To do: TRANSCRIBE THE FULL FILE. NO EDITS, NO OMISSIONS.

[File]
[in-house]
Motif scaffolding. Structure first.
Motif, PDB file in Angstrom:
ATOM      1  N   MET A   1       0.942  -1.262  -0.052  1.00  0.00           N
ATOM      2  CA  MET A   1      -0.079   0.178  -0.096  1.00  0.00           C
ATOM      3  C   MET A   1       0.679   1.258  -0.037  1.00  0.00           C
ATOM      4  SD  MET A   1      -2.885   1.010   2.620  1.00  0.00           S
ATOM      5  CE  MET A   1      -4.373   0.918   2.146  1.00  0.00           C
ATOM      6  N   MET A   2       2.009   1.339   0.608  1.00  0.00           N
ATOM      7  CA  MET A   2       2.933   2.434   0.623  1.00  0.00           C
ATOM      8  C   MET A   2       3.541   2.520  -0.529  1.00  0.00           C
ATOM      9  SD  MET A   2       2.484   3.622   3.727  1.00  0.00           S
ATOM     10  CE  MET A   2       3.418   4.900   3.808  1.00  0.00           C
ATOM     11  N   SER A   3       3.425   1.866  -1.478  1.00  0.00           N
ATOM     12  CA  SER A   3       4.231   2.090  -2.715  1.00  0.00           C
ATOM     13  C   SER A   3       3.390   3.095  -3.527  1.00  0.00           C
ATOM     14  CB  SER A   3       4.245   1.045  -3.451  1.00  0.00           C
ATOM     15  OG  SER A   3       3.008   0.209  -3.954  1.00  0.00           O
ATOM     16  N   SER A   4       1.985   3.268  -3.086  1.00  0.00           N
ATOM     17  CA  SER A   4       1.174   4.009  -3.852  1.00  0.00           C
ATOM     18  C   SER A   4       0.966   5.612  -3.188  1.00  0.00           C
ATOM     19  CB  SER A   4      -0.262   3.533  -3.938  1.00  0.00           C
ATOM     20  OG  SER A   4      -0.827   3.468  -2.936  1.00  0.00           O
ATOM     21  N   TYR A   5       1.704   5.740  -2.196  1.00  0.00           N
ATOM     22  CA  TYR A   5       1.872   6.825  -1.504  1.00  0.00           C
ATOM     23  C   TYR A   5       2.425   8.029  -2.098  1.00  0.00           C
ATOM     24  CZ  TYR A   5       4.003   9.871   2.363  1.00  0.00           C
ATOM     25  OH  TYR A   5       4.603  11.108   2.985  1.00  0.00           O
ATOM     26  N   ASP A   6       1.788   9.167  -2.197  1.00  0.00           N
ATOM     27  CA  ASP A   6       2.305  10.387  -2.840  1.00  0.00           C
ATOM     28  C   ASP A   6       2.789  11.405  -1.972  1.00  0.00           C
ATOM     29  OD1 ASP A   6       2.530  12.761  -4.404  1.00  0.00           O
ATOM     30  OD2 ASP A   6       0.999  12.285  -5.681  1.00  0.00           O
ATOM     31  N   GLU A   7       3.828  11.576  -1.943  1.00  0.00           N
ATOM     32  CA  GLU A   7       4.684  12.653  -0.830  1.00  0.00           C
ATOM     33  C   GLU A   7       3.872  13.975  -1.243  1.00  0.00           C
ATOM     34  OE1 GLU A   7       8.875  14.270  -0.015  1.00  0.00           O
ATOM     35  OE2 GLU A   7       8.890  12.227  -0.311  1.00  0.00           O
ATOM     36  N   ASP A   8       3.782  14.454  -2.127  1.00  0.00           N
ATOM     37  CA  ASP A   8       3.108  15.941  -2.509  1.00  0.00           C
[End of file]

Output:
[in-house]
Motif scaffolding. Structure first.
Motif, PDB file in Angstrom:
ATOM      1  N   MET A   1       0.942  -1.262  -0.052  1.00  0.00           N
ATOM      2  CA  MET A   1      -0.079   0.178  -0.096  1.00  0.00           C
ATOM      3  C   MET A   1       0.679   1.258  -0.037  1.00  0.00           C
ATOM      4  SD  MET A   1      -2.885   1.010   2.620  1.00  0.00           S
ATOM      5  CE  MET A   1      -4.373   0.918   2.146  1.00  0.00           C
ATOM      6  N   MET A   2       2.009   1.339   0.608  1.00  0.00           N
ATOM      7  CA  MET A   2       2.933   2.434   0.623  1.00  0.00           C
ATOM      8  C   MET A   2       3.541   2.520  -0.529  1.00  0.00           C
ATOM      9  SD  MET A   2       2.484   3.622   3.727  1.00  0.00           S
ATOM     10  CE  MET A   2       3.418   4.900   3.808  1.00  0.00           C
ATOM     11  N   SER A   3       3.425   1.866  -1.478  1.00  0.00           N
ATOM     12  CA  SER A   3       4.231   2.090  -2.715  1.00  0.00           C
ATOM     13  C   SER A   3       3.390   3.095  -3.527  1.00  0.00           C
ATOM     14  CB  SER A   3       4.245   1.045  -3.451  1.00  0.00           C
ATOM     15  OG  SER A   3       3.008   0.209  -3.954  1.00  0.00           O
ATOM     16  N   SER A   4       1.985   3.268  -3.086  1.00  0.00           N
ATOM     17  CA  SER A   4       1.174   4.009  -3.852  1.00  0.00           C
ATOM     18  C   SER A   4       0.966   5.612  -3.188  1.00  0.00           C
ATOM     19  CB  SER A   4      -0.262   3.533  -3.938  1.00  0.00           C
ATOM     20  OG  SER A   4      -0.827   3.468  -2.936  1.00  0.00           O
ATOM     21  N   TYR A   5       1.704   5.740  -2.196  1.00  0.00           N
ATOM     22  CA  TYR A   5       1.872   6.825  -1.504  1.00  0.00           C
ATOM     23  C   TYR A   5       2.425   8.029  -2.098  1.00  0.00           C
ATOM     24  CZ  TYR A   5       4.003   9.871   2.363  1.00  0.00           C
ATOM     25  OH  TYR A   5       4.603  11.108   2.985  1.00  0.00           O
ATOM     26  N   ASP A   6       1.788   9.167  -2.197  1.00  0.00           N
ATOM     27  CA  ASP A   6       2.305  10.387  -2.840  1.00  0.00           C
ATOM     28  C   ASP A   6       2.789  11.405  -1.972  1.00  0.00           C
ATOM     29  OD1 ASP A   6       2.530  12.761  -4.404  1.00  0.00           O
ATOM     30  OD2 ASP A   6       0.999  12.285  -5.681  1.00  0.00           O
ATOM     31  N   GLU A   7       3.828  11.576  -1.943  1.00  0.00           N
ATOM     32  CA  GLU A   7       4.684  12.653  -0.830  1.00  0.00           C
ATOM     33  C   GLU A   7       3.872  13.975  -1.243  1.00  0.00           C
ATOM     34  OE1 GLU A   7       8.875  14.270  -0.015  1.00  0.00           O
ATOM     35  OE2 GLU A   7       8.890  12.227  -0.311  1.00  0.00           O
ATOM     36  N   ASP A   8       3.782  14.454  -2.127  1.00  0.00           N
ATOM     37  CA  ASP A   8       3.108  15.941  -2.509  1.00  0.00           C